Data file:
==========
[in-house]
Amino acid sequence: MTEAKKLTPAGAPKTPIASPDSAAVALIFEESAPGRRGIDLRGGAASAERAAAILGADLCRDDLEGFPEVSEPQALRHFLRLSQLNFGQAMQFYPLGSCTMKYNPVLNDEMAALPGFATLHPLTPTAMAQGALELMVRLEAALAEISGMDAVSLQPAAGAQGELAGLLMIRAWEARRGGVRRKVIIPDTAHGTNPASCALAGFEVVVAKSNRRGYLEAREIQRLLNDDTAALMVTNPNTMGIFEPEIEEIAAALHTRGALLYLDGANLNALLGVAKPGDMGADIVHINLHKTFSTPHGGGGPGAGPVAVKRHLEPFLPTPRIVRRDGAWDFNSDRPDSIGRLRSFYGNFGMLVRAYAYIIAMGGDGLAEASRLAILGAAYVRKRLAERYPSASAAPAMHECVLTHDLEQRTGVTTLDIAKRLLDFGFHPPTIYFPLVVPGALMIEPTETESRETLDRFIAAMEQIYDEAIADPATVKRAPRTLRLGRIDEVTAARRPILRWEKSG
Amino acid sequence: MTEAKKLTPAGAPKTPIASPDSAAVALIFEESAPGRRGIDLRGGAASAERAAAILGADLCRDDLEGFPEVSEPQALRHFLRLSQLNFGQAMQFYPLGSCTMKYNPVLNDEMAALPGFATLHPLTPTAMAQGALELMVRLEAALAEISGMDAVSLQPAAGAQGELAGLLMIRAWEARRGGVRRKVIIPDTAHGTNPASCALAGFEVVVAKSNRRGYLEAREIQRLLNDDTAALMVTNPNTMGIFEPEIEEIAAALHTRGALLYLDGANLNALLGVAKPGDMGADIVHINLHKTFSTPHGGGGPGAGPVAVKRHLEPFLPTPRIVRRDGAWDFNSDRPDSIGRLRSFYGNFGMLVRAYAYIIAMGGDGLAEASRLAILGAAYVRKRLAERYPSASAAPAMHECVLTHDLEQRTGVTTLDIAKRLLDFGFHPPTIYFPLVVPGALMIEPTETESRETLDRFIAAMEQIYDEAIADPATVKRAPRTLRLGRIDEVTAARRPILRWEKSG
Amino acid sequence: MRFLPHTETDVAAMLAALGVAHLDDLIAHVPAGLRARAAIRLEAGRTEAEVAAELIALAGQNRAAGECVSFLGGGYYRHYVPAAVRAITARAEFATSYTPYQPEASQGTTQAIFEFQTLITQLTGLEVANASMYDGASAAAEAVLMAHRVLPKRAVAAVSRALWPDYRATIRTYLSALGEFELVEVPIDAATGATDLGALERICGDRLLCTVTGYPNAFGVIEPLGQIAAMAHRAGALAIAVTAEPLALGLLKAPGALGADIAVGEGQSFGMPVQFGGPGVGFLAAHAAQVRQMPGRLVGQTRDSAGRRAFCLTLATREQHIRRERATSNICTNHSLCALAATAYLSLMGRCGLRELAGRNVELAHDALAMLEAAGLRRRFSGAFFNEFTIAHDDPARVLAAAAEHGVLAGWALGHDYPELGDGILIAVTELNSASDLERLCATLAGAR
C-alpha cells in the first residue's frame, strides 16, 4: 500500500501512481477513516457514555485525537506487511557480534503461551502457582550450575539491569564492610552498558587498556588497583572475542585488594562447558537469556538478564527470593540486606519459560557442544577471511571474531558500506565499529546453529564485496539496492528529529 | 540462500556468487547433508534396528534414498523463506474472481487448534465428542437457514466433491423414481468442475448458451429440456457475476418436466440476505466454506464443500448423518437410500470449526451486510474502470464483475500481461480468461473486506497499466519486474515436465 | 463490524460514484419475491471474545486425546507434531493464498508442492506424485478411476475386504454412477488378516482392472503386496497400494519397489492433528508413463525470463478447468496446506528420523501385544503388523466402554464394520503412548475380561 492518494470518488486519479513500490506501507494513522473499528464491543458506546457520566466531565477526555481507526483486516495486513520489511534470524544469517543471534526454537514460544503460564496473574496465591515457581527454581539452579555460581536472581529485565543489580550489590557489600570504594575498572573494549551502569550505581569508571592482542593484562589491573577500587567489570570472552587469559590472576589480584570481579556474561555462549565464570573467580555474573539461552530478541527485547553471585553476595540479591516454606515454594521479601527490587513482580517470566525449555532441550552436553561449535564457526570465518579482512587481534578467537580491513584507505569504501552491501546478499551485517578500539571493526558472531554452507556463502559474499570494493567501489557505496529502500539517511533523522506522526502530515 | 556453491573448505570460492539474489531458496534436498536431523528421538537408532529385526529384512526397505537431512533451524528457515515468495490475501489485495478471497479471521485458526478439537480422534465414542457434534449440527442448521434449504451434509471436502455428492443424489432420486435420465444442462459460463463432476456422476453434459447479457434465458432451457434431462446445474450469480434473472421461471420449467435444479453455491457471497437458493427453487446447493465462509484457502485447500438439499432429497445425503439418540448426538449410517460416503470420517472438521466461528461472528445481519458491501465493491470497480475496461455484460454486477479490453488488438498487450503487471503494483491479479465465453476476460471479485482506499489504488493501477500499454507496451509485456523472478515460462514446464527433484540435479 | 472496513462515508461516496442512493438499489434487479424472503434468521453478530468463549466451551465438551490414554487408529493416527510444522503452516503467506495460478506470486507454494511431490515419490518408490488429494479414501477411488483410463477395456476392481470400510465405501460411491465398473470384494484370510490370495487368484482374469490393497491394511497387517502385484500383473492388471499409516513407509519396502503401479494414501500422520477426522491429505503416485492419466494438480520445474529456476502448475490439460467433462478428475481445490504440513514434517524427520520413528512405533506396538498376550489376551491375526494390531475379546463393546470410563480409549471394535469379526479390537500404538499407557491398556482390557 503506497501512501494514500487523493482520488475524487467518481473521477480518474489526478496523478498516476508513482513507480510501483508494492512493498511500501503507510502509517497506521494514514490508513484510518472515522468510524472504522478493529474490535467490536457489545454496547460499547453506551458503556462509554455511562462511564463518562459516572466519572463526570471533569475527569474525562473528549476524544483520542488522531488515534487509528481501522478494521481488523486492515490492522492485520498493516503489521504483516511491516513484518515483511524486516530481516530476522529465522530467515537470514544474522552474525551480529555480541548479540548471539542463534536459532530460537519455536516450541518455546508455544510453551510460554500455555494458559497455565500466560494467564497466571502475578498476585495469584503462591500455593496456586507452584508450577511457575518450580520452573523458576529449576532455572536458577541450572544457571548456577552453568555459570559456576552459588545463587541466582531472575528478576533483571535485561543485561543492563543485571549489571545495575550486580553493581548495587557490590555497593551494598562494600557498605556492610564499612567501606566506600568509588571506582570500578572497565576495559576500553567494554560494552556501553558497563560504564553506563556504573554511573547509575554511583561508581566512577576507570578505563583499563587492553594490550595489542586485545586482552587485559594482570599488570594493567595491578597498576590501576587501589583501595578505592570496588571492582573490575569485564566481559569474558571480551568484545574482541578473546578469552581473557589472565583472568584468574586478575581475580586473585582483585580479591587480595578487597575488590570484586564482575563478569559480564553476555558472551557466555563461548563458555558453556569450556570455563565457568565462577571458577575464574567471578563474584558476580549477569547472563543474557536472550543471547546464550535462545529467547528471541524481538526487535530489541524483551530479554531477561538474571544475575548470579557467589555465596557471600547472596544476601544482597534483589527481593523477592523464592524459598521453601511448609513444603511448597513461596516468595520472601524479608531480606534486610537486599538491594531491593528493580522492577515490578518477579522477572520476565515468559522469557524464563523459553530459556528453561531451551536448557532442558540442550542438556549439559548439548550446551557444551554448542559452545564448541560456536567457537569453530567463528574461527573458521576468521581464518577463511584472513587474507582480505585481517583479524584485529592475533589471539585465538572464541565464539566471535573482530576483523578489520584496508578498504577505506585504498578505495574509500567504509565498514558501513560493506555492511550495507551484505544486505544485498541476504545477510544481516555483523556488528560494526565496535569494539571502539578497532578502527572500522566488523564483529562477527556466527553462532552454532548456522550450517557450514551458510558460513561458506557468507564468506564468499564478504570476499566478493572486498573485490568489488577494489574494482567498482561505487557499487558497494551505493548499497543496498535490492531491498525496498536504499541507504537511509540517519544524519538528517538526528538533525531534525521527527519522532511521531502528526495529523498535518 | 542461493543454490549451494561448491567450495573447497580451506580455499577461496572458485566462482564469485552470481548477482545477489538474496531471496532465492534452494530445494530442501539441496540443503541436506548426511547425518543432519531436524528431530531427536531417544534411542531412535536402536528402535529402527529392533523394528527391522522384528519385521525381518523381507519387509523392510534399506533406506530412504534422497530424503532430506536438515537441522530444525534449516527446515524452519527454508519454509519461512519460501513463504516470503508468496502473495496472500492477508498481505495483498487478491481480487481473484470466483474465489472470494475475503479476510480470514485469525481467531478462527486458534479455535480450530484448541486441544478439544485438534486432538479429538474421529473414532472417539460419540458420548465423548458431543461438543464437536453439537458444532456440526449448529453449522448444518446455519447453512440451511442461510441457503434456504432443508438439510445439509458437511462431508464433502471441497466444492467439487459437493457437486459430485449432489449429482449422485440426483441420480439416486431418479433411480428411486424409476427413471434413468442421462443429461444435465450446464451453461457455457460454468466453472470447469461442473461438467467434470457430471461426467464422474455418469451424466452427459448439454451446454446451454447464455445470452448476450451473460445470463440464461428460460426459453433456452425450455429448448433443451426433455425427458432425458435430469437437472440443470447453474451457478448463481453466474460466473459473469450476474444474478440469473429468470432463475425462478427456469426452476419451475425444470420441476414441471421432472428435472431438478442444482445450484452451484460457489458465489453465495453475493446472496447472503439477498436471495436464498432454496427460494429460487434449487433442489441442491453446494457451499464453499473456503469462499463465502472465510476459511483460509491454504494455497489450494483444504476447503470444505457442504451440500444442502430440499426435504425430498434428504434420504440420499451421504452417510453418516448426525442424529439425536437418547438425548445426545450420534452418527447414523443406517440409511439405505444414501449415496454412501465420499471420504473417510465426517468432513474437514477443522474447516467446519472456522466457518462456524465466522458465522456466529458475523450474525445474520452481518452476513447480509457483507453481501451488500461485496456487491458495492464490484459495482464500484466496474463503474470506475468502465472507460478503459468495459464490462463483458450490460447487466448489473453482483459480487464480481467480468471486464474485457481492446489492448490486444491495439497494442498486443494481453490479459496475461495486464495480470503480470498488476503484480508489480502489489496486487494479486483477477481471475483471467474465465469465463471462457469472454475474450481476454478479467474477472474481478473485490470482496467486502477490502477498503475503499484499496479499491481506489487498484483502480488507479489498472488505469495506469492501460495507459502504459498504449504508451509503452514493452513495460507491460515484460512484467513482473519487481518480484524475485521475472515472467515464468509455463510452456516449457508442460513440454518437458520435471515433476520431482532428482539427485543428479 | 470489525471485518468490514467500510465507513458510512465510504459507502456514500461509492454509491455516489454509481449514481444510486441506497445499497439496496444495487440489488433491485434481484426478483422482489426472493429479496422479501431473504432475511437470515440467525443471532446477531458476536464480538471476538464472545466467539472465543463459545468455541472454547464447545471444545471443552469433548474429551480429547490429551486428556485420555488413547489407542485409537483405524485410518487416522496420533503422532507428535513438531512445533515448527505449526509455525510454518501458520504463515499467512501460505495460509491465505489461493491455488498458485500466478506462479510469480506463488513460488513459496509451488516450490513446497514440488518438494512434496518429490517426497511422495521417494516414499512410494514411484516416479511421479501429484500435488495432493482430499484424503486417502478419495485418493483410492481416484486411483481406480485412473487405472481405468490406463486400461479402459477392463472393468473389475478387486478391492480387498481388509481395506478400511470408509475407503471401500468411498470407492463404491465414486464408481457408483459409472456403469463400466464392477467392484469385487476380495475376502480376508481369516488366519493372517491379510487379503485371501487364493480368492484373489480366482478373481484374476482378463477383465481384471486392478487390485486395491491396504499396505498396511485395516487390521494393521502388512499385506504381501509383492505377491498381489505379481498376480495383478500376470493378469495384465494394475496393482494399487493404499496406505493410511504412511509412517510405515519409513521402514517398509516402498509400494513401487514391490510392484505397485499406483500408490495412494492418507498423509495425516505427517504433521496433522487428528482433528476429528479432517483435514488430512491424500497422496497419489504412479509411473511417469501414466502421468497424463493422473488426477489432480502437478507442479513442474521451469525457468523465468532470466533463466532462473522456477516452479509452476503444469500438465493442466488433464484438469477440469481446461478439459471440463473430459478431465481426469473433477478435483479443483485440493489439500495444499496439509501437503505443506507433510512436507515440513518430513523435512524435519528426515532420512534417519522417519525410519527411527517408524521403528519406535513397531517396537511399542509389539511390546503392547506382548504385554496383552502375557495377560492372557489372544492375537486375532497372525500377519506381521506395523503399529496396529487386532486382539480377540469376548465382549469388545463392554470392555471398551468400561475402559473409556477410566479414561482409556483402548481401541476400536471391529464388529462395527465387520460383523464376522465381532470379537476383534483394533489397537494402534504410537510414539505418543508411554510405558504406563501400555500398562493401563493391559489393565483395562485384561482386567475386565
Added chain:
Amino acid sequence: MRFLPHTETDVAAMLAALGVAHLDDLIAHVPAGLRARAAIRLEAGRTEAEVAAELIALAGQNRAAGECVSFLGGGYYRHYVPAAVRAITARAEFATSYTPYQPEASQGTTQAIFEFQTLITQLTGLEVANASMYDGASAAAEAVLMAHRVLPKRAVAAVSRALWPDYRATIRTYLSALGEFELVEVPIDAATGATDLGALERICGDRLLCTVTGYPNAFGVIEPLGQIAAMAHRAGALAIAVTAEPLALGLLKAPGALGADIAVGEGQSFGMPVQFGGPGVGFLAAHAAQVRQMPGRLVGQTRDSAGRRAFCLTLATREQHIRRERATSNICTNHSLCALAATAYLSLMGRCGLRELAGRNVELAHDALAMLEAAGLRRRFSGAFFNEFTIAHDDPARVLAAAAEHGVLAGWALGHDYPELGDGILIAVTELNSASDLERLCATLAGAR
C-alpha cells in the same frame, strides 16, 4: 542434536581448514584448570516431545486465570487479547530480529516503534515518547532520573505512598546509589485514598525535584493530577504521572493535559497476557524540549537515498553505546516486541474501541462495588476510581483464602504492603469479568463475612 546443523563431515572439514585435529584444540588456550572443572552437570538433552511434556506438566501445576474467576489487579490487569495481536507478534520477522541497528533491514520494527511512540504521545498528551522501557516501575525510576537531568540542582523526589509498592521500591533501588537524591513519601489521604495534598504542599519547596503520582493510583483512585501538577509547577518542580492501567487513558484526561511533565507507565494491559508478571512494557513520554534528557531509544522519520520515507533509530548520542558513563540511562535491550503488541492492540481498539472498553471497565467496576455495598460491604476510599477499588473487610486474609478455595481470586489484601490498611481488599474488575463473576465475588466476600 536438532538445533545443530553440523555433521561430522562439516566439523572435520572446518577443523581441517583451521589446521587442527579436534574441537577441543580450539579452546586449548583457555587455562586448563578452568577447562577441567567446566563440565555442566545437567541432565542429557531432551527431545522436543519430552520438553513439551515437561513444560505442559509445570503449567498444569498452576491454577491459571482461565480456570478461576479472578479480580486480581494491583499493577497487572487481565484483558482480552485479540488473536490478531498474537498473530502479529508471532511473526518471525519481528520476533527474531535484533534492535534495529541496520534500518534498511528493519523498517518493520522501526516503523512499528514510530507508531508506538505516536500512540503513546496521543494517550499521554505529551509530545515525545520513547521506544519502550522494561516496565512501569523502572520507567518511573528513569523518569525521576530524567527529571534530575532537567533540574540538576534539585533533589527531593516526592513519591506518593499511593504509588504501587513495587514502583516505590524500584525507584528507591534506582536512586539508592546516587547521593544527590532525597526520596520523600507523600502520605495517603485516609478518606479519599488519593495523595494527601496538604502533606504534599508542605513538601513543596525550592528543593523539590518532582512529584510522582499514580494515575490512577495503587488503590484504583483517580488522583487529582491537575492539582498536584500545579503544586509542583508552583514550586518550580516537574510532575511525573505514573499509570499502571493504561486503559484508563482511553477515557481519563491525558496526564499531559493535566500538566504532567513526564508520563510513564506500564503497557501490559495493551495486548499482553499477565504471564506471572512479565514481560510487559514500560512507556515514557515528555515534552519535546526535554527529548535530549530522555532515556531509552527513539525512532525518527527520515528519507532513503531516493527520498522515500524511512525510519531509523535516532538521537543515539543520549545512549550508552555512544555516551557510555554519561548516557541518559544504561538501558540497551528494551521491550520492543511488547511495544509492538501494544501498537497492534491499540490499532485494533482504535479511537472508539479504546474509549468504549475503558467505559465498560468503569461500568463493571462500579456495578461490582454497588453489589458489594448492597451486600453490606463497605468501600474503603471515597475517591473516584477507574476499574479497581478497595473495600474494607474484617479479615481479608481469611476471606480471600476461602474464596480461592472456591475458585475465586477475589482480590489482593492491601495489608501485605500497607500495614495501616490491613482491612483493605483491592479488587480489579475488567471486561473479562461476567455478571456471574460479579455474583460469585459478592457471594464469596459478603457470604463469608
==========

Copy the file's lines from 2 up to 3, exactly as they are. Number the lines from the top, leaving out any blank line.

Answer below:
Amino acid sequence: MTEAKKLTPAGAPKTPIASPDSAAVALIFEESAPGRRGIDLRGGAASAERAAAILGADLCRDDLEGFPEVSEPQALRHFLRLSQLNFGQAMQFYPLGSCTMKYNPVLNDEMAALPGFATLHPLTPTAMAQGALELMVRLEAALAEISGMDAVSLQPAAGAQGELAGLLMIRAWEARRGGVRRKVIIPDTAHGTNPASCALAGFEVVVAKSNRRGYLEAREIQRLLNDDTAALMVTNPNTMGIFEPEIEEIAAALHTRGALLYLDGANLNALLGVAKPGDMGADIVHINLHKTFSTPHGGGGPGAGPVAVKRHLEPFLPTPRIVRRDGAWDFNSDRPDSIGRLRSFYGNFGMLVRAYAYIIAMGGDGLAEASRLAILGAAYVRKRLAERYPSASAAPAMHECVLTHDLEQRTGVTTLDIAKRLLDFGFHPPTIYFPLVVPGALMIEPTETESRETLDRFIAAMEQIYDEAIADPATVKRAPRTLRLGRIDEVTAARRPILRWEKSG
Amino acid sequence: MTEAKKLTPAGAPKTPIASPDSAAVALIFEESAPGRRGIDLRGGAASAERAAAILGADLCRDDLEGFPEVSEPQALRHFLRLSQLNFGQAMQFYPLGSCTMKYNPVLNDEMAALPGFATLHPLTPTAMAQGALELMVRLEAALAEISGMDAVSLQPAAGAQGELAGLLMIRAWEARRGGVRRKVIIPDTAHGTNPASCALAGFEVVVAKSNRRGYLEAREIQRLLNDDTAALMVTNPNTMGIFEPEIEEIAAALHTRGALLYLDGANLNALLGVAKPGDMGADIVHINLHKTFSTPHGGGGPGAGPVAVKRHLEPFLPTPRIVRRDGAWDFNSDRPDSIGRLRSFYGNFGMLVRAYAYIIAMGGDGLAEASRLAILGAAYVRKRLAERYPSASAAPAMHECVLTHDLEQRTGVTTLDIAKRLLDFGFHPPTIYFPLVVPGALMIEPTETESRETLDRFIAAMEQIYDEAIADPATVKRAPRTLRLGRIDEVTAARRPILRWEKSG